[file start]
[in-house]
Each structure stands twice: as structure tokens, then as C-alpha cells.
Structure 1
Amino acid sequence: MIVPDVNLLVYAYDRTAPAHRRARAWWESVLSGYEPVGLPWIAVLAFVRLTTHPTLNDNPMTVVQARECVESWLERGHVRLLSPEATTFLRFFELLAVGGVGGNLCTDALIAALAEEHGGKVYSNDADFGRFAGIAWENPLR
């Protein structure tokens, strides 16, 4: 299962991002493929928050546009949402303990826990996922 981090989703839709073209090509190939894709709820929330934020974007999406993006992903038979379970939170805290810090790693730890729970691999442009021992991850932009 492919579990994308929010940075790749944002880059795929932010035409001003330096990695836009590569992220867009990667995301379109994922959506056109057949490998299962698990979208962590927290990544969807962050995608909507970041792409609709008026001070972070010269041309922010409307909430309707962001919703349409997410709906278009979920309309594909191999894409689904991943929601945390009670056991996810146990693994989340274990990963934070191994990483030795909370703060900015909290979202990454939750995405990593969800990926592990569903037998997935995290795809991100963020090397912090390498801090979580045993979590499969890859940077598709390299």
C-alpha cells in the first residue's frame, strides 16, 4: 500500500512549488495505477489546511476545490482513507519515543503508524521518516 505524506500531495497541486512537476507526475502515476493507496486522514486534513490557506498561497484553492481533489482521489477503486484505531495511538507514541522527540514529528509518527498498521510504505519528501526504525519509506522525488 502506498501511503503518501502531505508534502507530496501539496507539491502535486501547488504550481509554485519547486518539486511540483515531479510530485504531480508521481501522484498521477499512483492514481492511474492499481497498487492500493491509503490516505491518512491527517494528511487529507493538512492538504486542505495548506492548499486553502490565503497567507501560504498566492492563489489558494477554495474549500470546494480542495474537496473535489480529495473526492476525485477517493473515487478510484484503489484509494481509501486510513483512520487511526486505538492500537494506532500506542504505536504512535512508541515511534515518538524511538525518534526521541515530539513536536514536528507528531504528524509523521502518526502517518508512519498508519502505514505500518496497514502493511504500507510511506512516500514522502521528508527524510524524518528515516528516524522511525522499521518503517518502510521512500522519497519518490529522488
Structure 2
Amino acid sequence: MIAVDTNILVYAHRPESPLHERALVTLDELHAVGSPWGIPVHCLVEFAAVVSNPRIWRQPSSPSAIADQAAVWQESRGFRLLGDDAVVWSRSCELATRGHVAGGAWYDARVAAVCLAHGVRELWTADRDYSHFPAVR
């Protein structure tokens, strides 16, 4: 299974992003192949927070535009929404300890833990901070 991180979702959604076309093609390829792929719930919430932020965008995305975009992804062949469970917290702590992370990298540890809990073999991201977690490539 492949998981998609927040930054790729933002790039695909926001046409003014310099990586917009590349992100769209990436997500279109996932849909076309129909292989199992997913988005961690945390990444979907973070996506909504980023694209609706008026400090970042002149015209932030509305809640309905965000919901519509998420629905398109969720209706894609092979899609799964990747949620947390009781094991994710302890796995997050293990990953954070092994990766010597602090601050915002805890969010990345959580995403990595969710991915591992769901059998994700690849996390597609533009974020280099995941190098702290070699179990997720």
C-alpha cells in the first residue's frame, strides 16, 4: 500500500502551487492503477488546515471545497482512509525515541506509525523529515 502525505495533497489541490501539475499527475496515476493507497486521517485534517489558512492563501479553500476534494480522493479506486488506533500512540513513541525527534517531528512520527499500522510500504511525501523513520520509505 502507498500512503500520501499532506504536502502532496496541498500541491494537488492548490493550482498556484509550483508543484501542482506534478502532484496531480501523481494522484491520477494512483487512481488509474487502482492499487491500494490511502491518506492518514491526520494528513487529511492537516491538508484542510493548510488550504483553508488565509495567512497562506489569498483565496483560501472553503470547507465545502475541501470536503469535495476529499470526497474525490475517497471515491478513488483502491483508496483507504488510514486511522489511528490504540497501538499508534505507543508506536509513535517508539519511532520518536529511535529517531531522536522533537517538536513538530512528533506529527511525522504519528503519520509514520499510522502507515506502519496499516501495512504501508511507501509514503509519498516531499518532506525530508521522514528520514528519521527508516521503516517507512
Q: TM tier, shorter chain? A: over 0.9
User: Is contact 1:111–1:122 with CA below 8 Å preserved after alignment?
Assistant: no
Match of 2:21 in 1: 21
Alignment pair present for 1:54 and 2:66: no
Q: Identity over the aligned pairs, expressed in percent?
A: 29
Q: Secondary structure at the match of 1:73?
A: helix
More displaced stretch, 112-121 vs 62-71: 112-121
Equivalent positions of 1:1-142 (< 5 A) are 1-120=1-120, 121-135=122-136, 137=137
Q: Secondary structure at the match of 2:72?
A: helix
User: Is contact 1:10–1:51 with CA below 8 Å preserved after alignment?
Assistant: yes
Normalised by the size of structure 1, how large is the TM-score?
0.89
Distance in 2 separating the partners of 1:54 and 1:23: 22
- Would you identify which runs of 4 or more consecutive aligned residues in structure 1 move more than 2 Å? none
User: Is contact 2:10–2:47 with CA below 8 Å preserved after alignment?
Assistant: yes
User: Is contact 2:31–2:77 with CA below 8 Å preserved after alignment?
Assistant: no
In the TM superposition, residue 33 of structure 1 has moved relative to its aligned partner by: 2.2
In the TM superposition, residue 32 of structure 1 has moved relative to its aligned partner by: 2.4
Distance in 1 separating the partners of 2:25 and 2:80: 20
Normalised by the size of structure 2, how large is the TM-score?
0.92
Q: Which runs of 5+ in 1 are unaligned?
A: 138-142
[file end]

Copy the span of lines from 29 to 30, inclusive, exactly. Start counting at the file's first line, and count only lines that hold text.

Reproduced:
- Would you identify which runs of 4 or more consecutive aligned residues in structure 1 move more than 2 Å? none
User: Is contact 2:10–2:47 with CA below 8 Å preserved after alignment?